The Landlords’ Guide to Being Energy Efficient

Saving energy is particularly important to householders right now, due to soaring bills. The current energy crisis has impacted 22 million UK consumers and bills are expected to increase again when watchdog Ofgem announces the new winter energy price cap.

Energy efficiency house

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Tenants are likely to be hit especially hard since they can’t carry out any major home improvements to improve energy efficiency and reduce costs. However, landlords can offer their support by carrying out energy efficiency home upgrades where possible and providing advice on making savings.

This is the ideal time to carry out any home improvements before the colder winter weather strikes and bills go up again. As a landlord, it’s important to meet Minimum Energy Efficiency Standards to help keep costs down for your tenants.


What is the Energy Performance Certificate?

The Energy Performance Certificate, or EPC, can help both landlords and tenants to understand the energy performance of the rental property, identifying areas for improvement. It rates the energy efficiency from the most efficient A-rating to the least efficient G-rating.

Landlords must get a new EPC every ten years and provide their tenants with an acceptable efficiency performance. Achieving a good EPC rating means tenants can keep energy bills lower and reduce their property’s carbon footprint. This will make a rented property more affordable for existing and future tenants.

New tenants should be provided with a copy of their home’s EPC when they move in. They can use the information to estimate how much their energy bills are likely to cost in their new home.

Read on for advice on how you can help your tenants through the current energy crisis.



Upgrade your rental properties’ loft insulation, as it reduces heat loss through the roof. This means your tenants will use less energy in heating their home.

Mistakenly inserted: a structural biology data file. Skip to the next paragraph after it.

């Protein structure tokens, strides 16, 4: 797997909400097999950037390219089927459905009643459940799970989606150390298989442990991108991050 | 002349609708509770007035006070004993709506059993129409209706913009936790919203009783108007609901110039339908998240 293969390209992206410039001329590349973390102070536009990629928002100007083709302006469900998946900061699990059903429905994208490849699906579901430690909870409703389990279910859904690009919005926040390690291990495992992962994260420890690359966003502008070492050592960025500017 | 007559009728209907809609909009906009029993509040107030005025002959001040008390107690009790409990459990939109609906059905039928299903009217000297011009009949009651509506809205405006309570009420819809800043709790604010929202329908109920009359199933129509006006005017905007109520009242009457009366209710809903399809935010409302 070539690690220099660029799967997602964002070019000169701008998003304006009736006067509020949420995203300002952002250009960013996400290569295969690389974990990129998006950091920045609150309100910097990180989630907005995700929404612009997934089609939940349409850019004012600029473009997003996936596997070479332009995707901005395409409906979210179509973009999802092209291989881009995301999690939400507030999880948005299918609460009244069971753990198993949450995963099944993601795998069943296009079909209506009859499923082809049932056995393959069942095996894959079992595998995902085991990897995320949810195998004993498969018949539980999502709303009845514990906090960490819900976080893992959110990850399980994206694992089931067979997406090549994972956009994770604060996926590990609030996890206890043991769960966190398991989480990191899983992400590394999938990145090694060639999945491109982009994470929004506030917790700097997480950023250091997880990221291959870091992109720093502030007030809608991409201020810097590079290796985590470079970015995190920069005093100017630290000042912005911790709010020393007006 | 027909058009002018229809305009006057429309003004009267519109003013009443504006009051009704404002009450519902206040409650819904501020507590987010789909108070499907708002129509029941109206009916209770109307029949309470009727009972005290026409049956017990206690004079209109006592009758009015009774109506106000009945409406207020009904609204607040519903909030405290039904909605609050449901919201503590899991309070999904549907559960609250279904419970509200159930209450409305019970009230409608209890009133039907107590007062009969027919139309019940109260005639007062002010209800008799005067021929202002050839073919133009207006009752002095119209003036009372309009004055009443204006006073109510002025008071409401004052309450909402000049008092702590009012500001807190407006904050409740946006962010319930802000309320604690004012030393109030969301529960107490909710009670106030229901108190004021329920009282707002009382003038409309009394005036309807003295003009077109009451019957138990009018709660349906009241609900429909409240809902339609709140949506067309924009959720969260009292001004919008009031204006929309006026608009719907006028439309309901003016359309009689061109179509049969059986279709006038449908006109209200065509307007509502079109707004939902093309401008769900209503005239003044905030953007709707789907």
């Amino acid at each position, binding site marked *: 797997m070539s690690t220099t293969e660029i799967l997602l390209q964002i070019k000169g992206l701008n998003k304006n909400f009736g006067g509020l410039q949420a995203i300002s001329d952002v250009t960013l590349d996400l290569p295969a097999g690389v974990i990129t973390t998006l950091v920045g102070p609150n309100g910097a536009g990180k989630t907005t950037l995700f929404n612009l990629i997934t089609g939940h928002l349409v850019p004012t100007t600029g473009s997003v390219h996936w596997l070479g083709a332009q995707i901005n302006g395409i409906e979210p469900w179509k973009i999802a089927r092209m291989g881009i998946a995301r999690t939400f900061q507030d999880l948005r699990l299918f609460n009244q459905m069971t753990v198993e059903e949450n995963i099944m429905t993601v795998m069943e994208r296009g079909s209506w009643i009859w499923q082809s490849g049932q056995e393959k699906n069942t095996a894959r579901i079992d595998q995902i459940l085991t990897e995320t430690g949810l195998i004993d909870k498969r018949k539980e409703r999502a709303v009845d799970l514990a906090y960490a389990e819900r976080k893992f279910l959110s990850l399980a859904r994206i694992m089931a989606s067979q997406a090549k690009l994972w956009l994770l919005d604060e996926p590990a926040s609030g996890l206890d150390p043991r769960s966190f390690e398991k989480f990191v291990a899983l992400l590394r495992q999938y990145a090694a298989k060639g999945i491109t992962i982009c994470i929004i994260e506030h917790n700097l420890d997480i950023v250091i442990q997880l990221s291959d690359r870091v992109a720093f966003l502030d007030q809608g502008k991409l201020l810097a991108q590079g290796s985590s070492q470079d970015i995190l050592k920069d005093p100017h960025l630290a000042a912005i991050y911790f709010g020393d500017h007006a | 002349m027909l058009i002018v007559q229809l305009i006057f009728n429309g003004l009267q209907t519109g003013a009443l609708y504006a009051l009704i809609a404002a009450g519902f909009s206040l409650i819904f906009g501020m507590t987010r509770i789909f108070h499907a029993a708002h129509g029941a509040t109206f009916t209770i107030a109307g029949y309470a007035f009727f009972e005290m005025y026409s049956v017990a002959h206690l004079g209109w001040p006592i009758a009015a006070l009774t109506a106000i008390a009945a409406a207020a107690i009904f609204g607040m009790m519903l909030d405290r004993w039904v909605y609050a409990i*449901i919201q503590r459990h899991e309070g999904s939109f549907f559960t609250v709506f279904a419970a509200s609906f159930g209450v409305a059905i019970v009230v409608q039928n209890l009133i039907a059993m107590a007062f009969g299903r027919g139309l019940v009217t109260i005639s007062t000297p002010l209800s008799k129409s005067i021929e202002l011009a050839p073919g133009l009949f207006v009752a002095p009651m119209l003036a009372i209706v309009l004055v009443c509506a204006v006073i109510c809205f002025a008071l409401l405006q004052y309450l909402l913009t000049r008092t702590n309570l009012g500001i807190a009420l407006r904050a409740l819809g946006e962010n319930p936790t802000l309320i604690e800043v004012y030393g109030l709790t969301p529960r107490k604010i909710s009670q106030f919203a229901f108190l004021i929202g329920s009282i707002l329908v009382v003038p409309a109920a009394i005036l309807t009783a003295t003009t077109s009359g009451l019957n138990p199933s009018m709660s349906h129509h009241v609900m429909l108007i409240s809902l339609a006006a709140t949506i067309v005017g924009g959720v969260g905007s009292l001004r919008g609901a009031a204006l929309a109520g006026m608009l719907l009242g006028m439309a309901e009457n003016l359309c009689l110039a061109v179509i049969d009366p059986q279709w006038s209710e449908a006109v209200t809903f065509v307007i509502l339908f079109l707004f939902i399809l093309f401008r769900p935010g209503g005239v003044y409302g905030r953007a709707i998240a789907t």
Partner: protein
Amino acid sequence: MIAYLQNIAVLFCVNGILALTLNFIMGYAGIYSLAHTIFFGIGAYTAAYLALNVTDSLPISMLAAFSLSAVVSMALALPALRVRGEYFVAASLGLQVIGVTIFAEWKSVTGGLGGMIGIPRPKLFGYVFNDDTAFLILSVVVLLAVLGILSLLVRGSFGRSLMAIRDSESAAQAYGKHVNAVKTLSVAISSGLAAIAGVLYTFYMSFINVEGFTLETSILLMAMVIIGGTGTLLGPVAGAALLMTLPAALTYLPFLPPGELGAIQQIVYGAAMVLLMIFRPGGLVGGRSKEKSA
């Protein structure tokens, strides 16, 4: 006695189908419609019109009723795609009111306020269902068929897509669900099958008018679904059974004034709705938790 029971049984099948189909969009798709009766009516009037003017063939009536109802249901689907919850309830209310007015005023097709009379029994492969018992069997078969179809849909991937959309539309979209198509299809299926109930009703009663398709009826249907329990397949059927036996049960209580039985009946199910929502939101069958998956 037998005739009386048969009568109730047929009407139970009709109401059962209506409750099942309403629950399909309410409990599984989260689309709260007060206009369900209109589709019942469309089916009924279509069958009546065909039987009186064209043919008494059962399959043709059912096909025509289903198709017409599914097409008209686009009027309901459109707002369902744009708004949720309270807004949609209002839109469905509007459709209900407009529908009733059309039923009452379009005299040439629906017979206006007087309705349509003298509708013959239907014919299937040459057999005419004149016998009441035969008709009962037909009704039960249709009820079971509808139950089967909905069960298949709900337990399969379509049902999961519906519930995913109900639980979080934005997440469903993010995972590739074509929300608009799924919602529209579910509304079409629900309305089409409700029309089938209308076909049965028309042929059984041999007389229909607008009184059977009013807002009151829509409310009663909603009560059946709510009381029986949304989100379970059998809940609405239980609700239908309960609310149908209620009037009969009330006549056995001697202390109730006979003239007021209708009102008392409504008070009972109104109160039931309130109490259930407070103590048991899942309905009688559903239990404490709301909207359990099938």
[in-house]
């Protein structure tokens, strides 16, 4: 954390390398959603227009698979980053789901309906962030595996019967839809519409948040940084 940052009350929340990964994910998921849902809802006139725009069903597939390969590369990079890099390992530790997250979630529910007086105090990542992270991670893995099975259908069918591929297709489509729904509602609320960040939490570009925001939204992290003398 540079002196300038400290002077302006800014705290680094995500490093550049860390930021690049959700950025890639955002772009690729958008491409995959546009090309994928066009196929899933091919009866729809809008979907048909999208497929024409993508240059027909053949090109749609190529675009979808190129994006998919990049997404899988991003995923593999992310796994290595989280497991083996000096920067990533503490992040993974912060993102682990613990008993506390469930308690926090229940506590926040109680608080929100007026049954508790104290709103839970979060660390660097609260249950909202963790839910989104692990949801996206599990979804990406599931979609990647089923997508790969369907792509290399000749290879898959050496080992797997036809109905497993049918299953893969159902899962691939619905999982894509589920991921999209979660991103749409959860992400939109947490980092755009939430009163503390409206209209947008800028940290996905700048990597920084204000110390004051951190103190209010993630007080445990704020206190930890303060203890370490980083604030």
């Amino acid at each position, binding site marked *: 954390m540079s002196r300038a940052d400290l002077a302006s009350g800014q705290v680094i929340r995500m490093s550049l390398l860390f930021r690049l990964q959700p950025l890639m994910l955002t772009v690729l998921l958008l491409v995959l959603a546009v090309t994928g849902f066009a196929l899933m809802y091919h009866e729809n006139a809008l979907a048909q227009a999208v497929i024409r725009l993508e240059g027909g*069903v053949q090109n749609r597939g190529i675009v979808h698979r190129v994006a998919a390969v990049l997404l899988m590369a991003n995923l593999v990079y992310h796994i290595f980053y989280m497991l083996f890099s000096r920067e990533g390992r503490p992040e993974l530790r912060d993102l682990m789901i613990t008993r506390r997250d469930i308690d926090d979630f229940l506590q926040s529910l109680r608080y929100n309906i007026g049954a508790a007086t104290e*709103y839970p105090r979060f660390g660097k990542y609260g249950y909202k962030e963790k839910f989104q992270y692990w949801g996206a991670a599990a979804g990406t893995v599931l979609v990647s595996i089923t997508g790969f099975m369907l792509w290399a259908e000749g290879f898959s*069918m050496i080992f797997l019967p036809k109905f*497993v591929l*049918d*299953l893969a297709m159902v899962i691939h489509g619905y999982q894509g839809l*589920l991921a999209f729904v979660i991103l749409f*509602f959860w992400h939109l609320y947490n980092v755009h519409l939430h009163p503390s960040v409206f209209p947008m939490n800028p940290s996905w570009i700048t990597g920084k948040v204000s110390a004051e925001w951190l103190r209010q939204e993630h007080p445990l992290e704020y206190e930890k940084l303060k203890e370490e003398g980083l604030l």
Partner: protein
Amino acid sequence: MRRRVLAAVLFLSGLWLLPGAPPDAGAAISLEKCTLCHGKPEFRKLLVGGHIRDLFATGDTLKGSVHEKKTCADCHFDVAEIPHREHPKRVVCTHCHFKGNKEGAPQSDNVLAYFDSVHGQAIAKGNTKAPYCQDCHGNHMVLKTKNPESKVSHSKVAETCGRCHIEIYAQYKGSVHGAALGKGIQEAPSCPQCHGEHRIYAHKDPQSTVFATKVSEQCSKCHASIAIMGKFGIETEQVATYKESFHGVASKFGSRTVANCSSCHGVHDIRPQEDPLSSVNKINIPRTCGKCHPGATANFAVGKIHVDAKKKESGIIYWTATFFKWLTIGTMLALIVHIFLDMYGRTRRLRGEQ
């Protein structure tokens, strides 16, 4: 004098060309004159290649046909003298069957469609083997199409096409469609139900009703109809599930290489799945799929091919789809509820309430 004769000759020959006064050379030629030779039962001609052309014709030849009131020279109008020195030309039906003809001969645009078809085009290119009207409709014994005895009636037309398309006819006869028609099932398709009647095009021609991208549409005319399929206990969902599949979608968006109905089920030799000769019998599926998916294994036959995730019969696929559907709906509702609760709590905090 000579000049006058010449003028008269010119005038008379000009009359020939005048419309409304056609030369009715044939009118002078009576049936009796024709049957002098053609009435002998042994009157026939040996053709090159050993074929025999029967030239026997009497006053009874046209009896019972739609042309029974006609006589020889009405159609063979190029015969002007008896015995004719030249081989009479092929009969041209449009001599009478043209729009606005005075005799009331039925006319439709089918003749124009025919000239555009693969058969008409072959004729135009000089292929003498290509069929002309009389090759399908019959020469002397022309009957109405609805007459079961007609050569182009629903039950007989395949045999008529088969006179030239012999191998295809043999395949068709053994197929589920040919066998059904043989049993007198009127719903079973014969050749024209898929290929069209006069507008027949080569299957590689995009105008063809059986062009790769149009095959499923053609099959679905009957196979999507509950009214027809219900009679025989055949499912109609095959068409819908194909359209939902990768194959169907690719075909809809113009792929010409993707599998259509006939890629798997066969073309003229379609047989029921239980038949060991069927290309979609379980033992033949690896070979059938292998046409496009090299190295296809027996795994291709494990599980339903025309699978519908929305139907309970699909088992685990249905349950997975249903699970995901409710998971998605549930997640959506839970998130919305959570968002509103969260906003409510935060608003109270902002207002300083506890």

When done properly, loft insulation should easily pay for itself through energy savings. It should also have a 40-year lifetime, making it a particularly good return on investment. It isn’t an easy job, even if you’re into DIY, and working in the loft requires extra care to avoid accidents.


Heating systems

Keep an eye on your boiler, as over time, central heating systems can grow less efficient – an older boiler can cost you more money. Upgrading to a new condensing boiler provides efficiency of around 90%, while a non-condensing boiler offers around 75% efficiency.

This difference may seem small, but it can lead to a saving of around £150 a year in an average semi-detached house. Boilers need replacing every ten to 15 years on average, depending on how well they have been serviced and maintained.


Draught proofing

Improving your properties’ draught-proofing is one of the most effective and cheapest ways to save energy and money. A professional can do the job, or if you feel comfortable, you can do it yourself. Simply block any gaps that let warm air out and cold air in. Keeping the warm air trapped inside means you will use less energy to keep your home warm.

The usual areas where draughts cause problem are doors, windows, chimneys, skirting boards, floorboards, pipework, loft hatches, cracks in walls and old extractor fans. Simple jobs include sealing around the edges of windows, buying draught excluders and fitting a new front door.


Energy efficient doors and windows

Invest in energy-efficient double-glazed doors and windows to reduce energy bills by up to £75 a year. This will also reduce your home’s carbon footprint and cut down the amount of heat lost into the atmosphere. Benefiting you and your tenant, less energy will be required to keep the property warm in winter, while the rented home will be a more attractive option for future tenants.
The latest UPVC windows permit heat to be retained inside your property, while enabling proper ventilation, so it is never stuffy.

LED light bulbs

Making the change to LED bulbs and other energy-efficient lighting technology is a very easy way of reducing electricity bills, particularly if you’re the landlord of a number of HMOs. The Energy Saving Trust says lighting accounts for 15% of an average household’s electricity bill. Simply switching to compact fluorescent lamps or LEDs can save up to £40 per household annually.

In recent times, the price of LEDs has gone down substantially, making them much more affordable. Thanks to new technology, they will also last longer, so they won’t need to be replaced as often. Some come with a ten-year warranty.

In an HMO, running an energy-efficient house can save you and your tenants a lot of money over time in utility costs. Many HMO landlords have utility bills included in the rent, so keeping costs down means there’s more chance of your tenants being able to cover the rent and avoid increases.

By working together, landlords and tenants can help save energy and keep running costs down during the current energy crisis.

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